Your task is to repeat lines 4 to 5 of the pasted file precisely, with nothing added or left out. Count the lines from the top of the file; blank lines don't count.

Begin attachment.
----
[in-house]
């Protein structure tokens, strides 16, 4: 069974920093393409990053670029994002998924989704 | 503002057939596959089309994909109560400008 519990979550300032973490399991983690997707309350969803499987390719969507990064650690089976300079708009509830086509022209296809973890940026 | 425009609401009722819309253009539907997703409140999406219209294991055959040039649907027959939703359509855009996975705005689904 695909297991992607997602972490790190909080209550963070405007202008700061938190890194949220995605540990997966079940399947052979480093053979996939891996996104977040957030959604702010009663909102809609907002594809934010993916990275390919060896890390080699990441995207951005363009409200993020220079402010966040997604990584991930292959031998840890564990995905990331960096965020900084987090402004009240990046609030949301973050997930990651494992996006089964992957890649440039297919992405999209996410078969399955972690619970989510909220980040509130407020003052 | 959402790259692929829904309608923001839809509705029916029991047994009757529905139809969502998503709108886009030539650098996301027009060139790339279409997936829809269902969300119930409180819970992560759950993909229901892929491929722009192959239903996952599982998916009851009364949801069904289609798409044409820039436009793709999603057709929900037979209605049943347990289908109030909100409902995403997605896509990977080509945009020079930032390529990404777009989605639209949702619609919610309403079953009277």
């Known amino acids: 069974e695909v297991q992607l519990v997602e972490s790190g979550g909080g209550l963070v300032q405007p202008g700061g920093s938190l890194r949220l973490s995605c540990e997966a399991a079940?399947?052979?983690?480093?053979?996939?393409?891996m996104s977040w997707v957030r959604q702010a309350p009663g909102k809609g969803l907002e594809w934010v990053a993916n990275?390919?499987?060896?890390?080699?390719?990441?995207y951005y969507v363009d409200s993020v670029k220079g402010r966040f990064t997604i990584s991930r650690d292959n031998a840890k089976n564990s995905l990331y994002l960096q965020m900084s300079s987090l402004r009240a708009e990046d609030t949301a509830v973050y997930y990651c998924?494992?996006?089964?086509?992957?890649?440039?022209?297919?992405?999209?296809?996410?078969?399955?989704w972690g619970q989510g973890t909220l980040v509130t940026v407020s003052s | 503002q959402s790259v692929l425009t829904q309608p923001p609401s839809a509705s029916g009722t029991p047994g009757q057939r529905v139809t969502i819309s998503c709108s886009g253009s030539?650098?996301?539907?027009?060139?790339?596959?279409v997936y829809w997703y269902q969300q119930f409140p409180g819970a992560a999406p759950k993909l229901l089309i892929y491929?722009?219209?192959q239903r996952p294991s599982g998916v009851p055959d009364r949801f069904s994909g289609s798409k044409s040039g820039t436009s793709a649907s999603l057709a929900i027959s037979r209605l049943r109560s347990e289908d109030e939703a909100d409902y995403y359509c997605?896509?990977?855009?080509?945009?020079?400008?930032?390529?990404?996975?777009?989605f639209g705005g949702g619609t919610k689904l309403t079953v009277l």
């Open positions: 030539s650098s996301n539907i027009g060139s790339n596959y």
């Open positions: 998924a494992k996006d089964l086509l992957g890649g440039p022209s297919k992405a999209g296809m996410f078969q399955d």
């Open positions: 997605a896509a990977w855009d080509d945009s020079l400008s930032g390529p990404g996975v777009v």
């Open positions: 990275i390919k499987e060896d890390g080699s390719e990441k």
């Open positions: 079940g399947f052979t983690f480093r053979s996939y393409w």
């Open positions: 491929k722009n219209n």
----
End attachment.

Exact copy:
């Open positions: 030539s650098s996301n539907i027009g060139s790339n596959y």
């Open positions: 998924a494992k996006d089964l086509l992957g890649g440039p022209s297919k992405a999209g296809m996410f078969q399955d």